Background: In neuroendocrine tumor (NET), complete surgery could better the prognosis. Radioguided surgery (RGS) with β-radioisotopes is a novel approach focused on developing a new probe that, detecting electrons and operating with low background, provides a clearer delineation of the lesions with low radiation exposition for surgeons. As a first step to validate this procedure, ex vivo specimens of tumors expressing somatostatin receptors, as small intestine neuroendocrine tumor (SI-NET), were tested. Materials and Methods: SI-NET presents a high uptake of a beta-emitting radiotracer, 90Y-DOTATOC. Five SI-NET patients were enrolled after performing a 68Ga-DOTATOC positron emission tomography/computed tomography (CT) and a CT enterography; 24 h before surgery, they received 5 mCi of 90Y-DOTATOC. Results: Surgery was performed as routine. Tumors and surrounding tissue were sectioned in different samples and examined ex vivo with the beta-detecting probe. All the tumor samples showed high counts of radioactivity that was up to a factor of 18 times higher than the corresponding cutoff value, with a sensitivity of 96% and a specificity of 100%. Conclusions: These first ex vivo RGS tests showed that this probe can discriminate very effectively between tumor and healthy tissues by the administration of low activities of 90Y-DOTATOC, allowing more precise surgery.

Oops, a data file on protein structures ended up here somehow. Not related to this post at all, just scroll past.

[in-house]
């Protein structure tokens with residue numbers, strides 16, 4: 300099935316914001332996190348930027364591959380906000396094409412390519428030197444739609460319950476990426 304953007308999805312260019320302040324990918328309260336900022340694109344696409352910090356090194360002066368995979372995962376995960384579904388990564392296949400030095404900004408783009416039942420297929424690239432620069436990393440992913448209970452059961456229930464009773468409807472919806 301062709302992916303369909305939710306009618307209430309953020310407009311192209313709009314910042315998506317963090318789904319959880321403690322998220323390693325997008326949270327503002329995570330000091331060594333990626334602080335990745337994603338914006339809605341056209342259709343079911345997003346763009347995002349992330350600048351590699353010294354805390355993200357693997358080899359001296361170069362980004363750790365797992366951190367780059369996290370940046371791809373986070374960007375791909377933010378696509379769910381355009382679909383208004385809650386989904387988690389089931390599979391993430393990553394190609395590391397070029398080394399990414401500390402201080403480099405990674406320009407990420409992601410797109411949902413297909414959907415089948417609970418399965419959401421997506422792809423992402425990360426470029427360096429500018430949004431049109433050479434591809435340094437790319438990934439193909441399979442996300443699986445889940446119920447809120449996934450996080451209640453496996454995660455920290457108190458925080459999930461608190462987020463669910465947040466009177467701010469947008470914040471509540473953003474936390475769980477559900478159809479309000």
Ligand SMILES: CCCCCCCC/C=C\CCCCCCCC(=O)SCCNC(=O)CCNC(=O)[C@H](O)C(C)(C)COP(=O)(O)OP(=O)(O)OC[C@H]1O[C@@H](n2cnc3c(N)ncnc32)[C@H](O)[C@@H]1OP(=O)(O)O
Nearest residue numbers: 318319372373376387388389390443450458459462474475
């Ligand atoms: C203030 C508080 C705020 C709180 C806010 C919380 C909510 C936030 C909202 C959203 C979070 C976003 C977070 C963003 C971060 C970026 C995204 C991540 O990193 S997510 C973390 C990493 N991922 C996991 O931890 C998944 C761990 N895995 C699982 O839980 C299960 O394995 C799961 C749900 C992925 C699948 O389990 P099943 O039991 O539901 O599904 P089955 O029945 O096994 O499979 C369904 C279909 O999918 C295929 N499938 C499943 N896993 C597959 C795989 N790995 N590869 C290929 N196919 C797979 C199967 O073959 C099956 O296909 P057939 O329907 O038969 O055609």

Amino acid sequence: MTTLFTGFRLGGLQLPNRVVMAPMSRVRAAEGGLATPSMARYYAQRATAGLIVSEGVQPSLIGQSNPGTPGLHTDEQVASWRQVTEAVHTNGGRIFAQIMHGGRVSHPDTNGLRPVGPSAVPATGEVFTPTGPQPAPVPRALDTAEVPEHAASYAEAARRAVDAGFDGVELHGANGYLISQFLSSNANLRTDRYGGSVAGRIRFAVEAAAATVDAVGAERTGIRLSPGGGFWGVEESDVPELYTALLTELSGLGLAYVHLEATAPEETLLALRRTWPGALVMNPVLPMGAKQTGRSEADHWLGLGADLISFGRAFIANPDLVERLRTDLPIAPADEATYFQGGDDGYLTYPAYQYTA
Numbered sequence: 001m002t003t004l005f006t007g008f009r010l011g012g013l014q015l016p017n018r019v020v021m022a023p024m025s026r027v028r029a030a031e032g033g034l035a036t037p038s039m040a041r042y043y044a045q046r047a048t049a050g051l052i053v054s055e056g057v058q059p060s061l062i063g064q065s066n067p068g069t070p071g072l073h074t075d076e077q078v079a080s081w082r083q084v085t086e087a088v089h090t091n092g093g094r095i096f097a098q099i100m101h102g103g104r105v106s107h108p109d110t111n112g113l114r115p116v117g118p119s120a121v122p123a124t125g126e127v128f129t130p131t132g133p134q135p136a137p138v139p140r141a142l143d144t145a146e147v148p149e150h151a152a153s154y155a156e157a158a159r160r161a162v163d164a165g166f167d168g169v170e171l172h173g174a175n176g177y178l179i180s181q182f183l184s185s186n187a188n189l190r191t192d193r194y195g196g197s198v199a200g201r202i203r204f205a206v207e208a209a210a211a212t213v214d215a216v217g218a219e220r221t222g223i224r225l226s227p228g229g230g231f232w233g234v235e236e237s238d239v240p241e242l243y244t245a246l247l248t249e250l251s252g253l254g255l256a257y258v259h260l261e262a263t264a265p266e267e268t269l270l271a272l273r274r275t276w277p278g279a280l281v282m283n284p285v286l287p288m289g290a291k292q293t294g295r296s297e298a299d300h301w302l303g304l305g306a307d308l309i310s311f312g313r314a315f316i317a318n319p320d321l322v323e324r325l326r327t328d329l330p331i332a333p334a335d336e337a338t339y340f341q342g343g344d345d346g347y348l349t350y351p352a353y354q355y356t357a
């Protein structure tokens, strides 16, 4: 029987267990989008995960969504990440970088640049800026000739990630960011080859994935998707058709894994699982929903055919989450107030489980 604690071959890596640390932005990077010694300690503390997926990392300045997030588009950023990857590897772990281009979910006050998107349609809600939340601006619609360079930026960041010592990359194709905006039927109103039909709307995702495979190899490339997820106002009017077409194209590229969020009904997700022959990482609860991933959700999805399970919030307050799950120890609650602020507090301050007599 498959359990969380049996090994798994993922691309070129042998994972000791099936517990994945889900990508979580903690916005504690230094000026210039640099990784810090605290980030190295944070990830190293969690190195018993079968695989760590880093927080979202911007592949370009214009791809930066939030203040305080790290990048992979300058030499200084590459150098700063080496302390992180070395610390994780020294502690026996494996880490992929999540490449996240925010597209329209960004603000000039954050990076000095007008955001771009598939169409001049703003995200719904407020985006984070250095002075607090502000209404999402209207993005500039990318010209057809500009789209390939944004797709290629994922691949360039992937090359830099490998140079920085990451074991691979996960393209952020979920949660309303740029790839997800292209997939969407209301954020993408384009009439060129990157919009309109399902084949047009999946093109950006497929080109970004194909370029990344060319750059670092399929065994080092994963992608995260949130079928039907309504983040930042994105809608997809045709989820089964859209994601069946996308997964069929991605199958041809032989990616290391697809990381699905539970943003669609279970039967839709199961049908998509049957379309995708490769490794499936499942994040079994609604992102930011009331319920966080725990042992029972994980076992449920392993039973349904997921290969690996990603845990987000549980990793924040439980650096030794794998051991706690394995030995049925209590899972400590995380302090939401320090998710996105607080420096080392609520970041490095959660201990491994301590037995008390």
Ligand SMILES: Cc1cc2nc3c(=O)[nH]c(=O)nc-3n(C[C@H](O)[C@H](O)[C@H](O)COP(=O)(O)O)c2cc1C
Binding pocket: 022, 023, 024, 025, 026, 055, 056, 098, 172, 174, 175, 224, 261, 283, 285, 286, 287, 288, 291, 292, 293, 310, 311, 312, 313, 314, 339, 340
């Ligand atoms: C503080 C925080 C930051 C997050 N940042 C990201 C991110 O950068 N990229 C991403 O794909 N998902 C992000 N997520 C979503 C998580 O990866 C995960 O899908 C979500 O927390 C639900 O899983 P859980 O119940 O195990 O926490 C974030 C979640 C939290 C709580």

- beta minus probe
- radioguided surgery
- small intestine neuroendocrine tumor
ASJC Scopus subject areas
- Radiology Nuclear Medicine and imaging
- Cancer Research